Frequently Asked Questions
1. Do you have an open shop?
No, we don't. We sell online, at book fairs, at stamp shows, and by catalog. We usually set up at between six and eight book fairs and stamp shows each year; click on the "Events" tab above for more information about our upcoming calendar. We usually issue about four to six digital catalogs each year; if you'd like to be placed on our catalog mailing list, please send us an email.
2. What payments do you accept?
At no additional charge to buyers, we accept US$ cash, personal checks made in US$ from U.S bank accounts, PayPal bank or credit card transactions in US$, domestic and international Zelle money transfers in US$, and international money orders or bank cheques in US$ as long as no associated fees will be charged to us.
We will also accept international wire transfers in US$, however for these we will add US$50 to your invoice to cover the accociated bank processing fees.
For high-dollar value transactions, we may require payment by cash, check, Zelle, or wire transfer, and we may not ship you item until payment receipt has cleared and been confirmed by our bank. This may on occassion take up to two weeks.
3. Will you tell me more about your catalogs?
Yes, we usually issue between four to six catalogs each year. When we do, we post them to this website and send them by email to customers who have purchased items from us in the past, have asked to be on our mailing list, or provided contact information when registering for a librarians' confernce. If you’d like to be sure that you are included on our mailing list the next time we send out an e-mail catalog, please send email to firstname.lastname@example.org. Additionally, we often distribute these catalogs in physical form at book fairs.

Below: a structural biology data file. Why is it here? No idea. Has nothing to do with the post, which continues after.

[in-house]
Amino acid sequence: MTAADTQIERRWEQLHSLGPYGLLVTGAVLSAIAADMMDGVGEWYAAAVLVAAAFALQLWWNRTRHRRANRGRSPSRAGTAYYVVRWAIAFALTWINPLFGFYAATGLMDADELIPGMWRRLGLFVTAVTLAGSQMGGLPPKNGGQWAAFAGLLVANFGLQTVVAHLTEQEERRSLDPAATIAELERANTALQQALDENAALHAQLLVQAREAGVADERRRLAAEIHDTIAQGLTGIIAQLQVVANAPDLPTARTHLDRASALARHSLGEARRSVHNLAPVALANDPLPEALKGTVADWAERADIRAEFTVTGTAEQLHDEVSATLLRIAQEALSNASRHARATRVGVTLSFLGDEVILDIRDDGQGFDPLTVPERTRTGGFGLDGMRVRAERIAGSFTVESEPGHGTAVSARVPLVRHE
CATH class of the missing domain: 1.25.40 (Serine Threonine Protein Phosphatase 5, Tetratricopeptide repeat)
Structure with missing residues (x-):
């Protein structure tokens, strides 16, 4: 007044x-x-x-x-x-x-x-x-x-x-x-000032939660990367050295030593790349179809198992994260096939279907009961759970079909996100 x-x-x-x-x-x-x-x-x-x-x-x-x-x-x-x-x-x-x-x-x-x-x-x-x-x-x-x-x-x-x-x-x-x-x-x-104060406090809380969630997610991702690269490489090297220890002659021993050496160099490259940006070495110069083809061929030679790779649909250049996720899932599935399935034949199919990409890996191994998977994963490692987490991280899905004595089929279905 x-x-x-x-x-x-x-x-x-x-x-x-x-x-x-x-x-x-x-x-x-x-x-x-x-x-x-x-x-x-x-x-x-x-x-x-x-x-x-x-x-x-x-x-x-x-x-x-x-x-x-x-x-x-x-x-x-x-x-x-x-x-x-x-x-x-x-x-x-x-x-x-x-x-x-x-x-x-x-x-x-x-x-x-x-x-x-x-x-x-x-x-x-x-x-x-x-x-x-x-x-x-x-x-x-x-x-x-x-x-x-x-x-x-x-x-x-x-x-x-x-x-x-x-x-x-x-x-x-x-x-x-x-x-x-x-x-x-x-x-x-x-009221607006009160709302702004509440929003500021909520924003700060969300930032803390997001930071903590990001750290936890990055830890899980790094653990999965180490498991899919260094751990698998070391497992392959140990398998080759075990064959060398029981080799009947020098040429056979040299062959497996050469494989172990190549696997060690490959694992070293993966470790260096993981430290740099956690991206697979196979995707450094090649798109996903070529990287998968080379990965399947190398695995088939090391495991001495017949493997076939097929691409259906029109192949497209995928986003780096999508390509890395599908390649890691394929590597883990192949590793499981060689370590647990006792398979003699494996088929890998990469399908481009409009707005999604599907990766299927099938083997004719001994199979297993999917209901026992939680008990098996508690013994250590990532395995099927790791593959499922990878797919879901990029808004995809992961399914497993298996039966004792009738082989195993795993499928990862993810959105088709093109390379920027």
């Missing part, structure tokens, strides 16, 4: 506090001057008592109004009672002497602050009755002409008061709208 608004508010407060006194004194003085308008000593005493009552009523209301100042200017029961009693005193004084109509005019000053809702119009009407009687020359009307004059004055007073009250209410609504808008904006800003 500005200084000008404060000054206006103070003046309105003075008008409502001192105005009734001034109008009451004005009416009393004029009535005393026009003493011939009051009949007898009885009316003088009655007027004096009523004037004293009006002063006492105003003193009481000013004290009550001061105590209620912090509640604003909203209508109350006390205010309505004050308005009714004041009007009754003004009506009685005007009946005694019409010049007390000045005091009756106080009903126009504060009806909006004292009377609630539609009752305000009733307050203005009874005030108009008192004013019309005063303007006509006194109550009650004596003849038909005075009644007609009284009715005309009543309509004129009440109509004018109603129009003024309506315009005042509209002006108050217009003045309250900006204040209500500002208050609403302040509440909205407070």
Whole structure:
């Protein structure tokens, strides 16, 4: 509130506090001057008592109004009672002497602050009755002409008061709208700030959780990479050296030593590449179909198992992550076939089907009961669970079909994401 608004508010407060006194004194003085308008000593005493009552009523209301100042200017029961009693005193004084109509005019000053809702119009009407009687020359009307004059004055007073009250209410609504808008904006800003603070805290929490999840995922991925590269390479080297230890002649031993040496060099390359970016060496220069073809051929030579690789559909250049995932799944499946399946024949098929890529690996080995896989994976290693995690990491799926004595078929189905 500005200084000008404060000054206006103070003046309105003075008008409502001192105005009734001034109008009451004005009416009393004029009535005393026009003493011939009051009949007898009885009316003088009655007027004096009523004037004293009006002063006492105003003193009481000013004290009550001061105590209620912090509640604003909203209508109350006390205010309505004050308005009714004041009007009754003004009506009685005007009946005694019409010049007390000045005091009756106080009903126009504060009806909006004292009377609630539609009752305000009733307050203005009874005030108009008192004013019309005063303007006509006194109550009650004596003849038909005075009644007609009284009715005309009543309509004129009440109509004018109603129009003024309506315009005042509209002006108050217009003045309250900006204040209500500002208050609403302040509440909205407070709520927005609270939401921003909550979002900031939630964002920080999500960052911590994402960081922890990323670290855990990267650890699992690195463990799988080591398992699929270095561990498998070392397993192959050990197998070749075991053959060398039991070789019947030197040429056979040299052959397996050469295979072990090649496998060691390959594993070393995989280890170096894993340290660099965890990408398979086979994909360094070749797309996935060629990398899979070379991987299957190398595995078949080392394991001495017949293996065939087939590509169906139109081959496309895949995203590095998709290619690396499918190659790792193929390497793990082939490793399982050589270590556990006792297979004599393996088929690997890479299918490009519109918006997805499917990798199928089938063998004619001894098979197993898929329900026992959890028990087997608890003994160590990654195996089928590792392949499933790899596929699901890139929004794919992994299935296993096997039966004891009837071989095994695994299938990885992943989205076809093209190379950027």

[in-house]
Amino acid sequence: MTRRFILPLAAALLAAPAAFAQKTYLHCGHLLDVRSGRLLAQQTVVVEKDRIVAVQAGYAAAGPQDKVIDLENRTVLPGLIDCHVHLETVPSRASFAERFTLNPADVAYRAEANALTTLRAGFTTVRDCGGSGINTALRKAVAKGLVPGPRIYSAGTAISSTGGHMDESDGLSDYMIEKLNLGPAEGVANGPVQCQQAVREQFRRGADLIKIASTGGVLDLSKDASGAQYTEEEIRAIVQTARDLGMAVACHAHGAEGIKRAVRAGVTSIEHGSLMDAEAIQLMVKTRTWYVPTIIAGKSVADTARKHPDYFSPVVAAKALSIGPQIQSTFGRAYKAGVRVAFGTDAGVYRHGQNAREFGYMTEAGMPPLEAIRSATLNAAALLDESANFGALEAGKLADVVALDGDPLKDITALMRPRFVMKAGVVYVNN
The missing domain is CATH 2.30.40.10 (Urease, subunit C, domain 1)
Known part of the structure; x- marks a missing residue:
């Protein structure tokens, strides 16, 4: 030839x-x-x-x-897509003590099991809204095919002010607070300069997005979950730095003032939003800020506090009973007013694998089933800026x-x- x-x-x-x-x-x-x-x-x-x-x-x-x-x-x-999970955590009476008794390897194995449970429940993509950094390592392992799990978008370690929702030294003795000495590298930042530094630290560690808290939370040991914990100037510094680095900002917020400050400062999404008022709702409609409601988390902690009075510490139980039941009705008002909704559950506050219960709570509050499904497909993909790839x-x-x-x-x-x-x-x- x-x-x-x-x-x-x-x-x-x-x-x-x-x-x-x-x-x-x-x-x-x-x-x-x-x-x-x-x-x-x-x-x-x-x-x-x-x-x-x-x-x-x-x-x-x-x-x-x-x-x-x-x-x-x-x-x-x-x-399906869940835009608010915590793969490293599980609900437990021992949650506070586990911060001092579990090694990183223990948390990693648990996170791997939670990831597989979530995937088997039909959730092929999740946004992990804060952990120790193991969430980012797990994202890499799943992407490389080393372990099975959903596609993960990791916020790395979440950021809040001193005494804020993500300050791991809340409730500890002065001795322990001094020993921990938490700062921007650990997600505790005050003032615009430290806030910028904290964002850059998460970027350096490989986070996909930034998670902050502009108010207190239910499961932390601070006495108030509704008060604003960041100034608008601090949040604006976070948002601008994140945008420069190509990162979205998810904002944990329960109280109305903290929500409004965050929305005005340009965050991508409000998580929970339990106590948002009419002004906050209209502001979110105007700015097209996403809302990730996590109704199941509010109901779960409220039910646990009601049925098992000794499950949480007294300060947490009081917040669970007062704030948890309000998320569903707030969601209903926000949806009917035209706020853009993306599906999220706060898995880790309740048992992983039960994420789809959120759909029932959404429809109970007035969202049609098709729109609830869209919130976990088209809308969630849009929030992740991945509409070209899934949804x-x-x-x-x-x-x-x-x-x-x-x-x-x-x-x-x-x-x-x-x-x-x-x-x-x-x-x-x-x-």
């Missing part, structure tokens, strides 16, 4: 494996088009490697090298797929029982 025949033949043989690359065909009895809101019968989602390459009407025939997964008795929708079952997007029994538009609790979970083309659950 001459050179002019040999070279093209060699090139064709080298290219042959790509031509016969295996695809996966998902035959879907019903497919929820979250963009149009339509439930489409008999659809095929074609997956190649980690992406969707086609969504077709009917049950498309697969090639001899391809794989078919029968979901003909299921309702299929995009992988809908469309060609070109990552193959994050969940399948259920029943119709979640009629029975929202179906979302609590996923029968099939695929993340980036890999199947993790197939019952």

Oh, if you are currently receiving our digital catalogs and no longer want them clogging your inbox; just send us an email to us at email@example.com, and we'll promptly remove you from the mailing list.
4. Do you have any items that are not listed on your website?
Yes, we do. At any given time we probably have a couple of thousand things that you won’t find on-line at our website. Some, we simply haven't yet cataloged, but most of our unlisted stock is relatively inexpensive (under $100) ephemera and postal history covers that we take with us to book fairs and stamp shows. If you are looking something specific, just send us an email at firstname.lastname@example.org, and we'll check our stock